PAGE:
We pull into the lodge and cannot believe our private rooms- they are basic but they are awesome, complete with mosquito netting and private bathrooms- score! And of course the food doesn’t stop coming, as we are given afternoon tea of biscuits, popcorn, and hot drinks. The food continues to be delicious, and once we are done we are given a bit of time before it’s time to head to the “sunset bar” for a bit of sunset watching.
Unfortunately the sun is quite hidden behind some clouds, but that doesn’t stop us buying 20Bs beers (negotiated from 25) and enjoying the company as all the tours end up coming here! We also enjoy the company of the hundreds of mosquitos that come out when the sun exits, literally running from the boat with repellent in hand to get away from them all!
After being completely annihilated by the bugs, we don our head torches and settle in for a night boat ride back to the lodge. Immediately there seems to be many pairs of eyes that almost look like small bright marbles in amongst the reeds and in the water- we are night-spotting caiman left and right! Then we hit the jackpot- hundreds of pairs of eyes of freshly born caiman and our guide decides to pull up very close… not dangerous at all though apparently! We must have spotted over 200 caiman on the ride, giving us caution for wanting to swim with dolphins the following day.
We get back to the lodge and it’s dinner time- another delicious buffet meal (these guys know how to cook) followed by the promise of an early start by our guide… this means we are all in bed relatively early in preparation for an action packed next day.
Day 2: Rain and Changed Plans
We awake to rain which means our anaconda hunting will have to be postponed, instead we have another great meal of buffet breakfast and settle into the hammocks to see if we can wait out the rain. But of course this is the rainforest so after a few hours we are nowhere nearer the sun, and our guide asks if we would like to go find some dolphins to swim with instead. Knowing we will get wet anyway, we pile in and make our way to the little lakes they like to reside in… 25 minutes later we are swimming in the brown murky waters with 3 dolphins around us! It’s pretty exciting but I become a little scared when I get playfully nipped twice on the toe by the dolphins (not what you want in a piranha filled river!) which is just about enough for me to get back into the boat. We are all thrilled though at the experience, which is definitely not something you do everyday!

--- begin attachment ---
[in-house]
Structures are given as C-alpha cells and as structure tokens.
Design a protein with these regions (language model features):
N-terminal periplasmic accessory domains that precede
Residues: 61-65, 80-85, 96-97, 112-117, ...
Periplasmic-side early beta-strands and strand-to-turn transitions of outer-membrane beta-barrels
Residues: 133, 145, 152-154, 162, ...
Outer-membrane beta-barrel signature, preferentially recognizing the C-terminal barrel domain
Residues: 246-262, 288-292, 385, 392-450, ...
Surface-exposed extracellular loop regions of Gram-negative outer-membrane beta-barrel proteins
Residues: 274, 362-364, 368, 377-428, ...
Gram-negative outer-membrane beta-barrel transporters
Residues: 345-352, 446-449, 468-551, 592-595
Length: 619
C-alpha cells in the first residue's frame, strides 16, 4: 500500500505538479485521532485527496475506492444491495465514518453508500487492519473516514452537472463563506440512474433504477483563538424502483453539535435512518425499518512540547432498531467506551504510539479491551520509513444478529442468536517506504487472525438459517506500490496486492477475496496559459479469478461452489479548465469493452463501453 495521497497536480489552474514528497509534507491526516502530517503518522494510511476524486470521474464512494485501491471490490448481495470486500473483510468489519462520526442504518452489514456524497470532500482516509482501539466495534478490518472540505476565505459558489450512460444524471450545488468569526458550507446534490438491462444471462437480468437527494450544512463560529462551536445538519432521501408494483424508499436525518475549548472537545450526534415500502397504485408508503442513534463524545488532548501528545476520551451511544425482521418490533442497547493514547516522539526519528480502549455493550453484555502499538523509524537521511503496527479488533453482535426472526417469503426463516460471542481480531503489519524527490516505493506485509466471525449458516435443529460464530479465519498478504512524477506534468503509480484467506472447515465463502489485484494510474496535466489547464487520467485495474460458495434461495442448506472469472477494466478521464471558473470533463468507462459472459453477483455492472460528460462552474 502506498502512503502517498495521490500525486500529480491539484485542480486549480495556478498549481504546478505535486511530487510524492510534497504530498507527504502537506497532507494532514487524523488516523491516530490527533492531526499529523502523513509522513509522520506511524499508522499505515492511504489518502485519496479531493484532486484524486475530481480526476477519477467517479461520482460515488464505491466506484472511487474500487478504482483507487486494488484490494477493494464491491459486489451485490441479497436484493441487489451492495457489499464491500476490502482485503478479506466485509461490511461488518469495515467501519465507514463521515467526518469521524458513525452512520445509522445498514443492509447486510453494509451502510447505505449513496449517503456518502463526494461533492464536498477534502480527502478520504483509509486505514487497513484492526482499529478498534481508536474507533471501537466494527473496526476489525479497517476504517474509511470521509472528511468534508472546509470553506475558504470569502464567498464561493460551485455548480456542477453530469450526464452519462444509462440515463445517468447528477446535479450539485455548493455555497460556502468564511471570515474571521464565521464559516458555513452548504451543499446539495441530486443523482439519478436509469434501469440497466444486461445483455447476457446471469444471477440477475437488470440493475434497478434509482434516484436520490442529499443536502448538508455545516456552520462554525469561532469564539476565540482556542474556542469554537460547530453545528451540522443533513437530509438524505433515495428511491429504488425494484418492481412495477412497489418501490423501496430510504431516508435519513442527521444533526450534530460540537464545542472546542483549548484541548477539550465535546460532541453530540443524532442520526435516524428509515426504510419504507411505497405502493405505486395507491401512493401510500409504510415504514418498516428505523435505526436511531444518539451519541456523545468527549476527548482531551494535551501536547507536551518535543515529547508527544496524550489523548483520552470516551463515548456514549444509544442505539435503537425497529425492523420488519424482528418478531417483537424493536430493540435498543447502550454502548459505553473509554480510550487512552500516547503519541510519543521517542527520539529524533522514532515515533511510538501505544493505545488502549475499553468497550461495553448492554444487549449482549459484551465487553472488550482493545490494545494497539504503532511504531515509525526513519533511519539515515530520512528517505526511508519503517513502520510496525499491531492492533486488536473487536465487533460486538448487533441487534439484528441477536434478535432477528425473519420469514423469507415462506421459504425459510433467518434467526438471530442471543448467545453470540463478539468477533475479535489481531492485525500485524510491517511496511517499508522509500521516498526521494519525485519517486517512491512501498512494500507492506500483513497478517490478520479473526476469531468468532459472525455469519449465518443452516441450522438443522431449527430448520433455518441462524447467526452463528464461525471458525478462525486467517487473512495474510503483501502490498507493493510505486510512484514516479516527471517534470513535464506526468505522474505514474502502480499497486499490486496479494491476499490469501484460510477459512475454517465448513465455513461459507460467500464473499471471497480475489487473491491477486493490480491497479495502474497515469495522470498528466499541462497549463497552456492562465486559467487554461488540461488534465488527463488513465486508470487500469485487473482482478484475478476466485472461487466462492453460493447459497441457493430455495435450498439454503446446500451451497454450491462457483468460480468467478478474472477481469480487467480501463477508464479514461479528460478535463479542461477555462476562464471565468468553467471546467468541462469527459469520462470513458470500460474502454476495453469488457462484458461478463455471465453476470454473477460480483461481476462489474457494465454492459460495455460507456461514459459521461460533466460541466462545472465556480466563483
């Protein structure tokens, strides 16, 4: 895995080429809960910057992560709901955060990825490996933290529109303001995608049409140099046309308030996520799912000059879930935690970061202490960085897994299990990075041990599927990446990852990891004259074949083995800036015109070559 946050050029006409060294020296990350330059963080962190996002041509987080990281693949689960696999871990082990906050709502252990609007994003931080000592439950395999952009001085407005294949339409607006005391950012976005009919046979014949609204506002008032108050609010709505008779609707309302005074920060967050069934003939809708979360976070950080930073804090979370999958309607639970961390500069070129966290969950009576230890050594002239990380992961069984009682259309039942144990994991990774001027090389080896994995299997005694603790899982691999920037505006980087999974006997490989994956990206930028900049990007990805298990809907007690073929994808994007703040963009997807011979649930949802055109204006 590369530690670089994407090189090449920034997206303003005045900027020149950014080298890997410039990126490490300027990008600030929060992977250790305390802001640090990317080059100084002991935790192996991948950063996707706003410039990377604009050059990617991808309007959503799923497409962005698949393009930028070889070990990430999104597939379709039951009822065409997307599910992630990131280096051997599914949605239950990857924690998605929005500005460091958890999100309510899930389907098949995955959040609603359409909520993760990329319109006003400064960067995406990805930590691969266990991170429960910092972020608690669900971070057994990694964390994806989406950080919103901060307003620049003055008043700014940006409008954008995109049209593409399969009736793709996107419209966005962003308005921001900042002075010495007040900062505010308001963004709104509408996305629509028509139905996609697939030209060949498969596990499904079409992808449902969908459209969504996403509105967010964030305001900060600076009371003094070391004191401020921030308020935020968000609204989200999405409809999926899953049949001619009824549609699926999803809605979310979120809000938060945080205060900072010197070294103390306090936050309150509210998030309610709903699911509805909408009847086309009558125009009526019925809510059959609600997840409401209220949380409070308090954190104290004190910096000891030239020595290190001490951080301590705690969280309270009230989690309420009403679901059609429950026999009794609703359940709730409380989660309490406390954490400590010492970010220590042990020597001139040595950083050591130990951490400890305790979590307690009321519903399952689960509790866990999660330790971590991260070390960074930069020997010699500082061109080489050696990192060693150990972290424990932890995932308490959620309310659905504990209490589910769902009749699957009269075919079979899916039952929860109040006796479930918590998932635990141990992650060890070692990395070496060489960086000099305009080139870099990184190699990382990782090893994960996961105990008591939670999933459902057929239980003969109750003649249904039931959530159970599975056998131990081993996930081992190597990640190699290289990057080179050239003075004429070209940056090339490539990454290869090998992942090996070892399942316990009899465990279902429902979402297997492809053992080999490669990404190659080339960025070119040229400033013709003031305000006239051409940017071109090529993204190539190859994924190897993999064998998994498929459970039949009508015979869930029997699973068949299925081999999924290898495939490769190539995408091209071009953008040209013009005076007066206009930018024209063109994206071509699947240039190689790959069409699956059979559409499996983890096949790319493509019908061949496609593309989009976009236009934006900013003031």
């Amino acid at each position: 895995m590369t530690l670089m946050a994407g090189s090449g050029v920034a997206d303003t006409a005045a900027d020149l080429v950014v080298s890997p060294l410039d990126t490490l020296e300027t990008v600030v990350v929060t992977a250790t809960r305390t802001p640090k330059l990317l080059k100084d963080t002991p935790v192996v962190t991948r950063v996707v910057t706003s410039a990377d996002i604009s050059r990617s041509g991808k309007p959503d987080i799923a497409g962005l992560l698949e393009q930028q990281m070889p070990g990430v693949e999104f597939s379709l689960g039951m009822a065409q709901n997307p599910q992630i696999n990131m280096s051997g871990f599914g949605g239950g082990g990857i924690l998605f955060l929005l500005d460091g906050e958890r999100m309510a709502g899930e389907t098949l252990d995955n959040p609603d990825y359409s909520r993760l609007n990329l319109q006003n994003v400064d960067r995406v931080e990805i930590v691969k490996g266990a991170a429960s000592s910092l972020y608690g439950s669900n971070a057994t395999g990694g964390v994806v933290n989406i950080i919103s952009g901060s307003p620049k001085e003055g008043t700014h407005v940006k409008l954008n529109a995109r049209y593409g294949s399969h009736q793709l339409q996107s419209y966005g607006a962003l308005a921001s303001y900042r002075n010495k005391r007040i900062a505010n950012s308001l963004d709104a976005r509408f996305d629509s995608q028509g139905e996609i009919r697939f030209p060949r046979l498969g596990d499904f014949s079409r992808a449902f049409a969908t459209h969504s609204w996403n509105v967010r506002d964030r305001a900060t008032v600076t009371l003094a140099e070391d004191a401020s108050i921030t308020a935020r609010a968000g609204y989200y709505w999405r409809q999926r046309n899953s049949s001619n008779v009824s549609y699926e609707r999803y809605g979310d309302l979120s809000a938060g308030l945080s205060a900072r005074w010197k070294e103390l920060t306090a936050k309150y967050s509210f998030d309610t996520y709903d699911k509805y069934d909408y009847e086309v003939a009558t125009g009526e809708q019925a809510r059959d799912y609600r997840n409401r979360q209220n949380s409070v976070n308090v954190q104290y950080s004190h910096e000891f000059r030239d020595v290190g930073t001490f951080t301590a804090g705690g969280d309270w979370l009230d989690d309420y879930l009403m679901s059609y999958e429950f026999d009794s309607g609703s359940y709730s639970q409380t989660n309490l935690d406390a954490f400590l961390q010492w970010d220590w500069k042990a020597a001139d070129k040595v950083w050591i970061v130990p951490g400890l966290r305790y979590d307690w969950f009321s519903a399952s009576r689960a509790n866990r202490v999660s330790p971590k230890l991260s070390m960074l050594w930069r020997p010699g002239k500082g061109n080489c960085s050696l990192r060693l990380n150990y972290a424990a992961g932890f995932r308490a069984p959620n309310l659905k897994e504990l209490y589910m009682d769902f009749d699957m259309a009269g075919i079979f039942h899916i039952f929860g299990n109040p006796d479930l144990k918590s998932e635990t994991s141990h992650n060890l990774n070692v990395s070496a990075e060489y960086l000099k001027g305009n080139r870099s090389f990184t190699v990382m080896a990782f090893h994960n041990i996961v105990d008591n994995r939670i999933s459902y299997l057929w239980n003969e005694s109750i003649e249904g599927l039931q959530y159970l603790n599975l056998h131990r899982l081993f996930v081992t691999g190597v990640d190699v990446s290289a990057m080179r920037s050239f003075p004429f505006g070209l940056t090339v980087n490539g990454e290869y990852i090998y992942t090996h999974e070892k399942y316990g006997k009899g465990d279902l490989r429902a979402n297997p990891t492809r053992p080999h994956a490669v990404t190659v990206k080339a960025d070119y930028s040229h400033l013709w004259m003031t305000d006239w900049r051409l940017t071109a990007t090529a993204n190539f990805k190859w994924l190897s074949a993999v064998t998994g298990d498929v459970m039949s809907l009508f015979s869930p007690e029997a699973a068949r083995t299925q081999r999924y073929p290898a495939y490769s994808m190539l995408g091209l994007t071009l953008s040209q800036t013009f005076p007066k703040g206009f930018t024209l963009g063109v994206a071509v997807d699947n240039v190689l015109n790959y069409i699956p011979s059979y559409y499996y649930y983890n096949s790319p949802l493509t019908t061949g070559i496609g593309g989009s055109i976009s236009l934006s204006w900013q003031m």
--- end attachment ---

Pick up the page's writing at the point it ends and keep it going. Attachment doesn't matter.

The rain finally decided to ease up after having lunch (the food remaining amazing of course) so we set out with fishing line to see if we could tempt a piranha or two. What followed was a few hours of watching the meat on our hooks get taken, and the guide pulling in fish after fish… literally not one of us managed to land a fish, but our guide just seemed so happy that we did not mind all that much.
We returned back to our sunset spot after the fishing, ready for another cloudy exit of the sun and a quick beer before hastily exiting before the mosquitos were able to arrive.
Getting back early also meant we got our dinner early; another all-in feast that we greedily ate up (to the horror of the French girls in our group). As this was also our last night in the ecolodge, the company had somehow organised for a bottle of wine and a cake to celebrate the tour! It was a lovely additional touch, and one that we won’t forget.
Day 3: Anaconda (not) and the Return Journey
We awoke excited on our final morning, with the knowledge that we would finally be attempting to find an anaconda in the low-lying wetlands. But first, we were out for a sunrise boat ride or in the case of our weather, a boat ride listening to the animals rising from sleep whilst the cloud stopped the sun from coming through! It did not matter though, as closing your eyes and taking in all of the bird and monkey noises at that time of the morning was truly something special.
After, we headed out to find some actual land in an attempt to discover an anaconda. Because of unusually high waters we were forced to one of the only dry spaces, a small island in amongst the wetlands. Immediately our guide was able to come across some success by spotting a cobra wrapped up sleeping up in a tree. It was interesting as we all thought any snake would be found on the ground! Unfortunately for us that is where the discoveries stopped, with no anaconda showing up for our group.
The end of searching meant we needed to return for our final lunch and return journey. Once again we were served with a great buffet, before grabbing our bags and taking a much faster return journey in our boat. We were still able to spot animals though which was definitely an added bonus.
The animal spotting did not stop there though, as on our way back to Rurrenabaque in the car our driver managed to spot a sloth hanging from a tree- and we thought we’d seen the last of them in Panama!
Finally getting back into town, this signalled the end of our Pampas tour. We all had such a great time despite the changed itinerary, and would love to return again to the Amazon at some point in the future!